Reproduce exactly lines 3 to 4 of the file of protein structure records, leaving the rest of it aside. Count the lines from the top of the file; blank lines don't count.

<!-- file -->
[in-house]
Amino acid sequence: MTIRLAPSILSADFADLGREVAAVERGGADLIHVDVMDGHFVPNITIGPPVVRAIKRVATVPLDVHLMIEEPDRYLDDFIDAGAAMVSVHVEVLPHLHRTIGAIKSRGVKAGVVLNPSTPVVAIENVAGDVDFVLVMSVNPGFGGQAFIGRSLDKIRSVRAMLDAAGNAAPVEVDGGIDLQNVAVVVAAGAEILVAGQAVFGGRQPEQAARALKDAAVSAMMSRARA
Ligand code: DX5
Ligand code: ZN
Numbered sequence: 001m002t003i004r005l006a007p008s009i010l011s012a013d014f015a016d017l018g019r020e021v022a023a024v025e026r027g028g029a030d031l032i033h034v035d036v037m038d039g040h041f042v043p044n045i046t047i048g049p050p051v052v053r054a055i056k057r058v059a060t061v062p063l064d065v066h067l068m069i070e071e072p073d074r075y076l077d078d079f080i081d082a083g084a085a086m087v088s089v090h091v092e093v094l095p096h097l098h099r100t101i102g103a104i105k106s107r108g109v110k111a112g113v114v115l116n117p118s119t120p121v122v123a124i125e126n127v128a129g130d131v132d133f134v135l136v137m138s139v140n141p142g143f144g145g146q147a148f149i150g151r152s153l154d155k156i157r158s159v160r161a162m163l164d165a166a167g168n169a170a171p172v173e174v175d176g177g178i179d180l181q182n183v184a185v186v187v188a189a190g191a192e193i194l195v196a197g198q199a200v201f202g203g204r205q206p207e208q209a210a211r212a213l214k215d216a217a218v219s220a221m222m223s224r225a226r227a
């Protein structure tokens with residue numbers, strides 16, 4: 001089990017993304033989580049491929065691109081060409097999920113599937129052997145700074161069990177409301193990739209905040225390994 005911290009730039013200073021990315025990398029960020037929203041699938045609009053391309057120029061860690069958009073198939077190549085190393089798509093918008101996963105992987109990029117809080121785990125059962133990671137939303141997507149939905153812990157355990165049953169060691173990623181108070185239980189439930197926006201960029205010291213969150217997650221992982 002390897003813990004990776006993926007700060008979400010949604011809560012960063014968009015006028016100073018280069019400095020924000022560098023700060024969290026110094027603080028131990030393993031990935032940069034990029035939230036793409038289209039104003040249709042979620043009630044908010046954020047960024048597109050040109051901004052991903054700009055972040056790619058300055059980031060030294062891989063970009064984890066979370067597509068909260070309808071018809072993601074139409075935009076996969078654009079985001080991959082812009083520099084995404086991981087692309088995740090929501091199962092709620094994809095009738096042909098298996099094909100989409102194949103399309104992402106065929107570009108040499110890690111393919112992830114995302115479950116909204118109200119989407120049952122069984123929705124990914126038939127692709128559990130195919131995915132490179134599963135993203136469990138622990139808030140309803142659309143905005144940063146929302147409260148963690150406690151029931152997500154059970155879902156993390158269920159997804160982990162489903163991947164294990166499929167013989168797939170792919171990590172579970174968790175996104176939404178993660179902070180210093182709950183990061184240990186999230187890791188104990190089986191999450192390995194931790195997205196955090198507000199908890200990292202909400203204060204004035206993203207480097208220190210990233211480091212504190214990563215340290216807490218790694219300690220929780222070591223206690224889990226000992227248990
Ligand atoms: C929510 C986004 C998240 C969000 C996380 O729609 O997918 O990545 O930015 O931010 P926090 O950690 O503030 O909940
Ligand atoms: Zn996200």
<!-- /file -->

Ligand code: DX5
Ligand code: ZN